As it turns out, the result was even more umai than we could have possibly imagined.

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Only 100 Limited Edition Matcha Green Tea Moon Pies On Sale, Cost More Than You Can Imagine

Japan’s version of the Moon Pie, the Choco Pie, is almost identical to the American classic – sweet filling nestled between two pieces of white cake covered in chocolate. They are made by Lotte and have been delighting Japanese sweet lovers for 30 years.

Much like the Japanese versions of Pepsi, Kit Kats and Pringles, Choco Pies are getting a new limited edition makeover. Marketed under the name “Wa Choco Pie” (Wa meaning both “peace” and, in this case, “Japanese-style”), these special Choco Pies have been supersized to 12 cm (4.7in) and filled with matcha creme. However, unlike most limited edition foods in Japan, these special Choco Pies can only be purchased by entering into a lottery draw. They will also be sold for a ridiculous price.

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Catering for men who require a little more titillation than maid cafes can provide but not wanting to step into full-blown fuuzoku establishments, “girls bars” in Japan provide customers with a place to eat and drink while giving them something to look at and plenty of stilted conversation. A cheaper alternative to “hostess clubs”, girls bars are usually staffed by regular college-aged girls who don’t mind showing a little flesh and interacting with customers in an energetic, cutesy manner.

In a slightly different take on the genre, Yokohama’s Sexy Izakaya Natsuko focuses on the theme of summer all year round, dressing its staff in bikinis and sarongs while arming them with tambarines to bash while another member of staff juices grapefruits and serves food and drinks at your table.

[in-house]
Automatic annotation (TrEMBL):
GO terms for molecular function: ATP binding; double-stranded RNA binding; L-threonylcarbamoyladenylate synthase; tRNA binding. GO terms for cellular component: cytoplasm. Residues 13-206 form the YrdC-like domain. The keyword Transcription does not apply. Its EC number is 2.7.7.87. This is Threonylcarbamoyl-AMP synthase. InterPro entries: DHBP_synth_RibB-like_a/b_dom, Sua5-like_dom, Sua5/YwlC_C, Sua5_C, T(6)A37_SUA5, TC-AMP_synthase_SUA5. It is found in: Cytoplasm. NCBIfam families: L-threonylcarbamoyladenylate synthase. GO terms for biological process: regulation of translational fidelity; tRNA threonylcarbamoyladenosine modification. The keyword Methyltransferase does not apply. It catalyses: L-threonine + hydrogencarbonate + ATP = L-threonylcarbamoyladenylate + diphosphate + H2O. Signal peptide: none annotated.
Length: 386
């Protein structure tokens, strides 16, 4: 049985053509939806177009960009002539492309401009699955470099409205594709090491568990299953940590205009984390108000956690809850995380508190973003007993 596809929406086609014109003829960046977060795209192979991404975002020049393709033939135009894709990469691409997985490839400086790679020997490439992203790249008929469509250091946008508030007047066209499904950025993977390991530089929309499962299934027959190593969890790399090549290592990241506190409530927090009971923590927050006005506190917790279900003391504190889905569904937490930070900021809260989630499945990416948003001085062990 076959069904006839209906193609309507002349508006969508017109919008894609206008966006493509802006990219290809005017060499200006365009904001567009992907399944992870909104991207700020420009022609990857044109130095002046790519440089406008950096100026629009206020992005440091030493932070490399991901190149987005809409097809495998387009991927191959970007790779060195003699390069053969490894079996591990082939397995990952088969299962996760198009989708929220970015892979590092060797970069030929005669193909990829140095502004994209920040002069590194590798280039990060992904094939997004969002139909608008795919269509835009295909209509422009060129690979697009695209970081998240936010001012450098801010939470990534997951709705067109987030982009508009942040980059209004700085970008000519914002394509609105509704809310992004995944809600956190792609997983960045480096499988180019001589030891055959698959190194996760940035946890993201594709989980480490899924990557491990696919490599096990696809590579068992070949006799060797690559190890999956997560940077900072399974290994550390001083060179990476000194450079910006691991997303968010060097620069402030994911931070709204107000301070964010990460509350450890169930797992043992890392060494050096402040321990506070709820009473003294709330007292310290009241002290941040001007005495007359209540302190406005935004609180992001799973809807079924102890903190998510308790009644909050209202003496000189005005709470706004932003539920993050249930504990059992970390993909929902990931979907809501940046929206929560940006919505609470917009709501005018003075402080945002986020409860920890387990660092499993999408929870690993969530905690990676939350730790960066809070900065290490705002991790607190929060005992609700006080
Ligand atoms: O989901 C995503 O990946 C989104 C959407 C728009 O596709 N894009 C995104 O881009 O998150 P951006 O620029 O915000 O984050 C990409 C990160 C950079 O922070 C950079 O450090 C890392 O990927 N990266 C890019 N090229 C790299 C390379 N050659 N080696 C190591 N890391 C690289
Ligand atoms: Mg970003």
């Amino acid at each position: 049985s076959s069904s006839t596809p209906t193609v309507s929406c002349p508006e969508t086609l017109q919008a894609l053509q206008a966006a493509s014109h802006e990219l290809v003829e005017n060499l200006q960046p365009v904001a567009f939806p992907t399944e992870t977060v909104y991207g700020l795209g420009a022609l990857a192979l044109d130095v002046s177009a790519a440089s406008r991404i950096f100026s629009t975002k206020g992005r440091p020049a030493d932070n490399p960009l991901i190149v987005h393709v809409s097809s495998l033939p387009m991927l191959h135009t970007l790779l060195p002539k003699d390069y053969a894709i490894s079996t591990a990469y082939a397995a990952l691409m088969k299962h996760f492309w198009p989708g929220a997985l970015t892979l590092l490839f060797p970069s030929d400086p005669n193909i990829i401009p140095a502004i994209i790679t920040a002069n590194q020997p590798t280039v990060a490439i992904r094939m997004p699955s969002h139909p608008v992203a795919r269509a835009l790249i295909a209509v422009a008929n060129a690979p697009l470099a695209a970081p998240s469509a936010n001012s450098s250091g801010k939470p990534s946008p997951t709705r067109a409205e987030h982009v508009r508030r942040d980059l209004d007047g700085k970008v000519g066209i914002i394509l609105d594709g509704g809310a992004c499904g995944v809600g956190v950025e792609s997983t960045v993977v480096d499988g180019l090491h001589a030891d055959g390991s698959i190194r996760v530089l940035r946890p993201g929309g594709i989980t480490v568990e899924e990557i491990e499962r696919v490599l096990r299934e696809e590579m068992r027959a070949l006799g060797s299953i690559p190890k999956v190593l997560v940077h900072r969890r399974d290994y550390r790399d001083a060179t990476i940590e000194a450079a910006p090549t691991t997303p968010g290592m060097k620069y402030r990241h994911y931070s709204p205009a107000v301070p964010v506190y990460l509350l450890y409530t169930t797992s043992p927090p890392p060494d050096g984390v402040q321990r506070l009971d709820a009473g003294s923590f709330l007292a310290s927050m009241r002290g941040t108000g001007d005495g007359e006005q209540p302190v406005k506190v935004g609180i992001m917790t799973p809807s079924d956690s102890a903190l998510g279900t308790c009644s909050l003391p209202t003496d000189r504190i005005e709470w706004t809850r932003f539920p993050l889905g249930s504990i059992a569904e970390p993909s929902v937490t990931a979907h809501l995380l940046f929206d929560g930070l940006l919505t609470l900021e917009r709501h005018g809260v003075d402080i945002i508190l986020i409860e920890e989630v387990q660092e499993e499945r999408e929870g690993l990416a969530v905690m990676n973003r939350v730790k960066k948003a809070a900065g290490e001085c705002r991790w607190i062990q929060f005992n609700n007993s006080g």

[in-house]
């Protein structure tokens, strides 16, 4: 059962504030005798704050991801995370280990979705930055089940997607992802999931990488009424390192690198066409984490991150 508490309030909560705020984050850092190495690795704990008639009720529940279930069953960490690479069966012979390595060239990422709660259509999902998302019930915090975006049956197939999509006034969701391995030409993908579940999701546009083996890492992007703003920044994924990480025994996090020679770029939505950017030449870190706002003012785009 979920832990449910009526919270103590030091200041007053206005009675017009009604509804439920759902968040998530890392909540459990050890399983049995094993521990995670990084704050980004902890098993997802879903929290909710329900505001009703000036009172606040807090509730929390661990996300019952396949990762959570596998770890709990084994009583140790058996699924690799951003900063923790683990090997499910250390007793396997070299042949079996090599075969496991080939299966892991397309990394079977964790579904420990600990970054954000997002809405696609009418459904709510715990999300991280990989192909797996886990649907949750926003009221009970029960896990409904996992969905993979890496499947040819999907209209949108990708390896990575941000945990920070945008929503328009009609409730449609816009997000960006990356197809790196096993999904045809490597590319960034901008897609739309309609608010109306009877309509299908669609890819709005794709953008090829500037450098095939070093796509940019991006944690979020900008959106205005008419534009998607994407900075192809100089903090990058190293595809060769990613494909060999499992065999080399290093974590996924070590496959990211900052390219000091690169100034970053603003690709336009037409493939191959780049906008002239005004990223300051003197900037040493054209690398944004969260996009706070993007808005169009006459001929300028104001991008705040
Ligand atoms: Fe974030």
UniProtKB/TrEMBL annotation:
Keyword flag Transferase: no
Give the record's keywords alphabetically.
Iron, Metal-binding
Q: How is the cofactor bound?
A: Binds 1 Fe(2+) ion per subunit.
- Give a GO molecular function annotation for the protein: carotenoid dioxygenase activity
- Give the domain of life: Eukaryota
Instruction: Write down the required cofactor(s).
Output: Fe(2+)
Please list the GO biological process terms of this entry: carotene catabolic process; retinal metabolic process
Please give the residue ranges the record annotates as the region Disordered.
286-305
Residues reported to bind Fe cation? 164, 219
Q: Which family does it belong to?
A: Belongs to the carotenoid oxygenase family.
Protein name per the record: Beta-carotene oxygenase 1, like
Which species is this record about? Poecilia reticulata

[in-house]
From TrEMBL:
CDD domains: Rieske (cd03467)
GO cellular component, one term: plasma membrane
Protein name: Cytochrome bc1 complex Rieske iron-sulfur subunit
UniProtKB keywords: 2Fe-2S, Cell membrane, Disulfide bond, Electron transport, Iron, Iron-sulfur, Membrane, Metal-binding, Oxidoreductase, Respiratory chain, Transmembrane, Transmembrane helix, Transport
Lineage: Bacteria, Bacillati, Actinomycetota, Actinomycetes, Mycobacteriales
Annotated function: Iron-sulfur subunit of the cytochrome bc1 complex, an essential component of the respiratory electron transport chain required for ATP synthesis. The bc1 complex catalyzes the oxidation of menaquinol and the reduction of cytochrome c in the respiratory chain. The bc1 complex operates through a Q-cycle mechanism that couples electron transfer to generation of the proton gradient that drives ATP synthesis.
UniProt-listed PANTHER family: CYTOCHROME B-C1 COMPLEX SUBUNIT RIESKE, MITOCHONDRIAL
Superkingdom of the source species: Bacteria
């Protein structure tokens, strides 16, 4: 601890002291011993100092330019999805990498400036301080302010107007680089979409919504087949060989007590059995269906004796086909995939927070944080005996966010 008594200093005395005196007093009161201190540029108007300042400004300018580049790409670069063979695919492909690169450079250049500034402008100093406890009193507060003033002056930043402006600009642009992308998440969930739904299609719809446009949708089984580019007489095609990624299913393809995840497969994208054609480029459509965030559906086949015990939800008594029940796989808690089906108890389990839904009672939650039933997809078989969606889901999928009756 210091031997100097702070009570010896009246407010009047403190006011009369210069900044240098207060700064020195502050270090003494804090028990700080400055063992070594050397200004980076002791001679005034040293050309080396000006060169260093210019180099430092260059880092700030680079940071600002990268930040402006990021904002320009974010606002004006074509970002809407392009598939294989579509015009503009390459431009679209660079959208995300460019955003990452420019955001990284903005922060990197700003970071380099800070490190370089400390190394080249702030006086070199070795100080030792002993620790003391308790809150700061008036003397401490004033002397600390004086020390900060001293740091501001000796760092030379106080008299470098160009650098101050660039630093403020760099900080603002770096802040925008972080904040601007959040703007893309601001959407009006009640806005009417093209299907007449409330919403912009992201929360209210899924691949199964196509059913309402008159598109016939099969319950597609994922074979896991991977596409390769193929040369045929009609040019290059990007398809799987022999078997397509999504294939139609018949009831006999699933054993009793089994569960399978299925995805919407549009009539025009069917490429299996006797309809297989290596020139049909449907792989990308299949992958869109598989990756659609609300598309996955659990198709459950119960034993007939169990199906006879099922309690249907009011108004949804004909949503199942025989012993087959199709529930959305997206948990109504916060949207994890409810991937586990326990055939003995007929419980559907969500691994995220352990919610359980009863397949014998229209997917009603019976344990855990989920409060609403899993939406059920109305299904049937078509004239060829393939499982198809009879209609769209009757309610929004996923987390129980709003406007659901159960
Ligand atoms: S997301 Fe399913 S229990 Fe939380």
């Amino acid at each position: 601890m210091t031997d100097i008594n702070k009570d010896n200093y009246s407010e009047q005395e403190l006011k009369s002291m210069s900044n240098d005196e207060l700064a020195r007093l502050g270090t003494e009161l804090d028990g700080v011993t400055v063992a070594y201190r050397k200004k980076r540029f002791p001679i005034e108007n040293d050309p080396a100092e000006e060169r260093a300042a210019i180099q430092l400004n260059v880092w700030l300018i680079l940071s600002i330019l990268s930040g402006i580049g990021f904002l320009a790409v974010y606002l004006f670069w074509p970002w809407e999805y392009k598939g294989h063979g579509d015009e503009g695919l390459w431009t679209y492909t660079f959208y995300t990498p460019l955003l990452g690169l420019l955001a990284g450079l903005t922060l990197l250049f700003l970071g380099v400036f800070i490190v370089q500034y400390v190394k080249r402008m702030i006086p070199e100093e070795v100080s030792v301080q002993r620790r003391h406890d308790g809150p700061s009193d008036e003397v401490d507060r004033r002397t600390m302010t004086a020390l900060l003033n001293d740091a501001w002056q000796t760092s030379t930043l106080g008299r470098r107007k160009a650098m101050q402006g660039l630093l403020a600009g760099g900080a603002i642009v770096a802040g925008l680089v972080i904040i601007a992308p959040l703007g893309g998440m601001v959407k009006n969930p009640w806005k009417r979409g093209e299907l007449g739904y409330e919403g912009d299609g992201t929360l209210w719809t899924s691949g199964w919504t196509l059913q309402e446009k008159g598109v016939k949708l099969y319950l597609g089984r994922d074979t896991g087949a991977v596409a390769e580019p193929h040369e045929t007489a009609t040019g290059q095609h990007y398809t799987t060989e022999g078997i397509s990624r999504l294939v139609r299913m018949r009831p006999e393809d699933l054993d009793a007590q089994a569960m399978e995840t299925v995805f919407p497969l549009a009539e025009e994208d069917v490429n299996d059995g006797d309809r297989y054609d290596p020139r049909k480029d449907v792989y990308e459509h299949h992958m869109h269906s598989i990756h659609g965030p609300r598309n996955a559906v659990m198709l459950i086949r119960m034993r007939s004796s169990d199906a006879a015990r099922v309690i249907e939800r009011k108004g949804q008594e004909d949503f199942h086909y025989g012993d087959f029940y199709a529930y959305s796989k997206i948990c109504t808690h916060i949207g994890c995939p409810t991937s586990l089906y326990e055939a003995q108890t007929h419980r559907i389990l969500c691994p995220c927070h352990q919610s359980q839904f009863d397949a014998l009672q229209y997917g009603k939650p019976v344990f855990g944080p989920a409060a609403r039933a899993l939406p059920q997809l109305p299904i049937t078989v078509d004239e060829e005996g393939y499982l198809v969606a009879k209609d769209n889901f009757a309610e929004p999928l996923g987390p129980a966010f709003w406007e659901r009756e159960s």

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We Prove We Are Culinary Wizards by Turning Cup Ramen Ingredients into Delicious Gourmet Meals

Cup Ramen, known to Westerners as “Grade A college student feed,” is perfectly formulated with enough sodium and other preservatives to both fuel late-night study sessions and cure massive hangovers, but nobody’s ever accused it of being a gourmet food.

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Sakura Mikuman Too Cute to Eat, We Do So Anyway

The long standing collaboration between Japan’s premier virtual pop star and ubiquitous convenience store continues this spring with the Hatsune Miku de Sakura no Uta campaign.

Unfortunately, the campaign has been having a bit of a rocky start with the sexually suggestive Sakura Style Strawberry Cream Bread. So now it’s time to bring out the heavy artillery: Family Mart’s second version of a Hatsune Miku-themed nikuman (steamed meat bun), Sakura Mikuman.

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Otōshi: Japan’s Curious Compulsory Appetizers

As anyone who has ever entered a Japanese-style pub, or izakaya, will tell you, whether you want it or not, as soon as you’ve ordered some form of alcohol, a small plate or bowl will be placed in front of you alongside your chopsticks and hot towel. The contents of said vessel are almost always a mystery to the customer prior to its arrival; it could be noodles, vegetables, fish or even meat. Sometimes it’s piping hot, sometimes it’s as cold as the ice in your Bill Murray-inspired Suntory whiskey.

Known as お通し (otōshi) or sometimes 突き出し (tsukidashi), this appetizer is given to each and every alcohol-imbibing customer, and sometimes even to those only sipping on soft drinks, regardless of whether you’re drinking at a chain pub or a family owned watering hole. The customer has no say whatsoever in what the snack will be, and even if it remains completely untouched it is added to the bill, costing on average 200-500 yen (US$2-5) per head.

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Get Your Dragon Ball Hair Fries at a Mini Stop Store Near You!

In perhaps the most genius use of french fries we’ve seen in years, Japanese convenience store chain Mini Stop has begun selling a number of Dragon Ball-themed sweets and fried foods as part of a promotion for upcoming movie Dragon Ball Z: Battle of the Gods.

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Floor Space Oddity: David Bowie Café to Open in Ginza for Month of March